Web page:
Island Seafoods Limited was established in 1986, located just outside the village of Killybegs. Its products range from mackerel, herring, sprat and blue whiting exporting to various countries including Africa, Japan, Russia and mainland Europe. Through their brand “Atlantic Treasures” they also supply multiples with their range of added value mackerel, herring and salmon.
Island Seafoods has looked at improving the efficiencies within their plant, and reducing their energy and water requirements. In 2009 6 key improvements were made, and these have contributed to a reduction of 200 MWh per annum, and a reduction of 205 t of carbon emissions. The first part of this improvement plan involved installing an online monitoring and targeting system. This allowed identification of electrical loads and profiles and as other improvements were made these were quantified.
In 2007 Island Seafoods commissioned a hydroelectric power plant that generates 700MW of electricity each year (60% of the factory’s annual consumption, 350 t carbon emissions offset yearly).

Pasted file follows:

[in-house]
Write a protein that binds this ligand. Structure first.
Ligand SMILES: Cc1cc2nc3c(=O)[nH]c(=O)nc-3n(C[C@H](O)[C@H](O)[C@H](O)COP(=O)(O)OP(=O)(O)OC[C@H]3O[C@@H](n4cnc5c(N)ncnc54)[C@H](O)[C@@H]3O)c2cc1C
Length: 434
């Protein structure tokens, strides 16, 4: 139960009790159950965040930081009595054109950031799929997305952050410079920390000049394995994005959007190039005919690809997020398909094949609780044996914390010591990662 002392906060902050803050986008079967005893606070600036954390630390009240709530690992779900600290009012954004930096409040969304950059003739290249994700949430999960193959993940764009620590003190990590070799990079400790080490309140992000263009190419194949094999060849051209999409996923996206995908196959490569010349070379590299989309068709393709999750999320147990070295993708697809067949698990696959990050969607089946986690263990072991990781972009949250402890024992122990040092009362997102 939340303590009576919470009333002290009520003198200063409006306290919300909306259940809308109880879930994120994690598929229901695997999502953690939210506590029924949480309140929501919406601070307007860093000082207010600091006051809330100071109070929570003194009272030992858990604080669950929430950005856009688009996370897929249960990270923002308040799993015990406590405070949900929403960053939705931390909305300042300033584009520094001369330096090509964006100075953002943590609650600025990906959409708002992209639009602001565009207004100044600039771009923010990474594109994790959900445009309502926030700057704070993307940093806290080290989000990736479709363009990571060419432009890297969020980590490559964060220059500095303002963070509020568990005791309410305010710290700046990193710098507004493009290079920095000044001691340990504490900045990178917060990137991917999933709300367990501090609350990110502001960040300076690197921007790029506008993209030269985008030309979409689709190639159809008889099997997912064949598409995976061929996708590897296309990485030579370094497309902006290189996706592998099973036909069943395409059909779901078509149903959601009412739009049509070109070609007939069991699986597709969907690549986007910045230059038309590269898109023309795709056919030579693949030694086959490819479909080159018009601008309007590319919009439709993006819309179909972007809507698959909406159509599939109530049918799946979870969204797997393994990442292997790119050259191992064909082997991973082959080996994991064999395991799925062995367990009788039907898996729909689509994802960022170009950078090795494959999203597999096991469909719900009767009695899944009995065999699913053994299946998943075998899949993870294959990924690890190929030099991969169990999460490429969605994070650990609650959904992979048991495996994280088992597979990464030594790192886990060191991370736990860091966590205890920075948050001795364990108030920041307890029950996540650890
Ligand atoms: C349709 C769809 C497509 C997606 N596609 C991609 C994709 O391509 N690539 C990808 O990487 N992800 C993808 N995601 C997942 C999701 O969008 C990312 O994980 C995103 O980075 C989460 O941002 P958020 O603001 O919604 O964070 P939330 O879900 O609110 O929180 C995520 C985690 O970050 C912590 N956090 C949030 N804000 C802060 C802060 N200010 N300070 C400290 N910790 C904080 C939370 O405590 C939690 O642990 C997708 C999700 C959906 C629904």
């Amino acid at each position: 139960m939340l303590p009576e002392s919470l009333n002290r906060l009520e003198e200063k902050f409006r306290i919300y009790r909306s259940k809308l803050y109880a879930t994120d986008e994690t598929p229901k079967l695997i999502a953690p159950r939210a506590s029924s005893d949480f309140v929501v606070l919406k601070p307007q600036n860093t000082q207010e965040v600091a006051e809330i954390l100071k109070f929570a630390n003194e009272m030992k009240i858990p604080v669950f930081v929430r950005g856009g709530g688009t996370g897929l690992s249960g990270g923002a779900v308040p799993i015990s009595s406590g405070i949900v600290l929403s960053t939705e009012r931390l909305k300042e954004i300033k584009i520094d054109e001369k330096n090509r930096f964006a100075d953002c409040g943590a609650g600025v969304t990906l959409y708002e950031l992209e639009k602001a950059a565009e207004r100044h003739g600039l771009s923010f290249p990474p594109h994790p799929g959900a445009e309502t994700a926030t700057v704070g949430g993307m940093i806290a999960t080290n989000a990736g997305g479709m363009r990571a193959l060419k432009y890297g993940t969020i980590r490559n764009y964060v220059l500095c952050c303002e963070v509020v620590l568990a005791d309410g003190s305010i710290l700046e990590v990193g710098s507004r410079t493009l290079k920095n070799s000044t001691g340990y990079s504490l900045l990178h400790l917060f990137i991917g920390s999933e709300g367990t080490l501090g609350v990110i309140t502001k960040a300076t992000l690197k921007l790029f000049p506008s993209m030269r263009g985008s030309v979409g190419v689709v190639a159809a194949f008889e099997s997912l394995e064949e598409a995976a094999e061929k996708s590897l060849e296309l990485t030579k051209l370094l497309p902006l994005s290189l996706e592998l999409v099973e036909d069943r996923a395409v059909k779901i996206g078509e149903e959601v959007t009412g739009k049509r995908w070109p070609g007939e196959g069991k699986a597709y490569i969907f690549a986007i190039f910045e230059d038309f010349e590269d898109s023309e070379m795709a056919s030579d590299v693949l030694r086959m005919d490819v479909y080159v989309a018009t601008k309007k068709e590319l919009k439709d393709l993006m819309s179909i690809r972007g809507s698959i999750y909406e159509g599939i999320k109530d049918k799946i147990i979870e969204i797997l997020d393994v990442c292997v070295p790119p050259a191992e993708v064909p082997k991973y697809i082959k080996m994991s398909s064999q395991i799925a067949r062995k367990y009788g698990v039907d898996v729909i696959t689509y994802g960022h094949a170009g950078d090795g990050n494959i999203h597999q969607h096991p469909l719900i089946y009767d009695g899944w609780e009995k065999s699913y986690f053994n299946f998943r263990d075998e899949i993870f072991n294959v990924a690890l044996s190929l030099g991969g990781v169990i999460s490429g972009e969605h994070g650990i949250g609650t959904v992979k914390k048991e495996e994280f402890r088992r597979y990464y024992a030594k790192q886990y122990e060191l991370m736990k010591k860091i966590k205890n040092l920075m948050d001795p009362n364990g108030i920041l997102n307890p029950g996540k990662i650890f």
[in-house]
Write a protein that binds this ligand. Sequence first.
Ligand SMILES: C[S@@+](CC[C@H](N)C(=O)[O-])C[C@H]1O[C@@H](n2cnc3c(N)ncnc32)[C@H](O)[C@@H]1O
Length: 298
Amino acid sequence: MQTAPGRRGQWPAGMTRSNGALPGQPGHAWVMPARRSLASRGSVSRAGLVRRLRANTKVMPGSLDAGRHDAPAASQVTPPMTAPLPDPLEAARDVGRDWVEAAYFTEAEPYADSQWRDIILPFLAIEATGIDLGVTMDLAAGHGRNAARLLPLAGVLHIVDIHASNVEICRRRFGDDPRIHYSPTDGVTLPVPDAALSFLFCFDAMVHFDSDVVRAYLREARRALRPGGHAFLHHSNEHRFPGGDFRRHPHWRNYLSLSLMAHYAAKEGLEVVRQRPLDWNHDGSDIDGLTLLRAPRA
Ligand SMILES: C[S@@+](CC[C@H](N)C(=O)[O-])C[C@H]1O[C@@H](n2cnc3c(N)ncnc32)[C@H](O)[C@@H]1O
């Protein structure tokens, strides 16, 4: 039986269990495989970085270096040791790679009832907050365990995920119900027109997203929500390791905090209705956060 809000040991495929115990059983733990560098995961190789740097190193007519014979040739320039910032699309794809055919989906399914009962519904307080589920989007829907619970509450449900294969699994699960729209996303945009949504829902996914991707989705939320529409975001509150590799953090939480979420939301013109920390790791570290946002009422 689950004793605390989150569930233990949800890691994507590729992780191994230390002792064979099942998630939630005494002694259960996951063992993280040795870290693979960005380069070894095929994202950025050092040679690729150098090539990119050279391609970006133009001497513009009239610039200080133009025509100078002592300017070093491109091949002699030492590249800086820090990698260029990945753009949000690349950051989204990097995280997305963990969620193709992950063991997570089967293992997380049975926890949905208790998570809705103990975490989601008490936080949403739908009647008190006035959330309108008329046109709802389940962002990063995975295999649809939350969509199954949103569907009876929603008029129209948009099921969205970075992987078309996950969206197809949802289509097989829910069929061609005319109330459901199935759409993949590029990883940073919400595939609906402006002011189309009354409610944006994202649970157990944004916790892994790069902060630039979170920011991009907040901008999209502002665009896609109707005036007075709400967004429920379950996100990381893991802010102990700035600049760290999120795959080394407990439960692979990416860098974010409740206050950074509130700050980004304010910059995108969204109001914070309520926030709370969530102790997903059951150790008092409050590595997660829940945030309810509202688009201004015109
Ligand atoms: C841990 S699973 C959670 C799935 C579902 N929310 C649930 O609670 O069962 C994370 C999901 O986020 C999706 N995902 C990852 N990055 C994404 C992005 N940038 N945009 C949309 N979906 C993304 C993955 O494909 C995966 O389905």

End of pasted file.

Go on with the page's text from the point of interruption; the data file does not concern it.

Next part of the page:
Goals for the Future
As part of its work towards a Sustainability Charter for Bord Bia’s Origin Green Programme, Island Seafoods is currently working with GreenBusiness to further reduce their environmental impacts.
Some of the key areas Island Seafoods are looking at include:
• Further reducing electrical demand in the blast freezes and chills by switching from MH lights to LEDs
• Reducing water use through improved cleaning practices
• Designing heat recovery system which will take heat from current refrigeration system (cooling tower) and preheat water for use throughout the site (currently heated by immersion)
Island Seafoods aims to become electrically self sufficient, through reducing electrical demand as much as possible, and installing a wind turbine to make up the shortfall that currently exists between what the hydro plant generates and what the factory uses. With this vision of sustainability now ingrained within the business, Island Seafoods is an example of how this important indigenous sector can progress towards a better and greener way of working.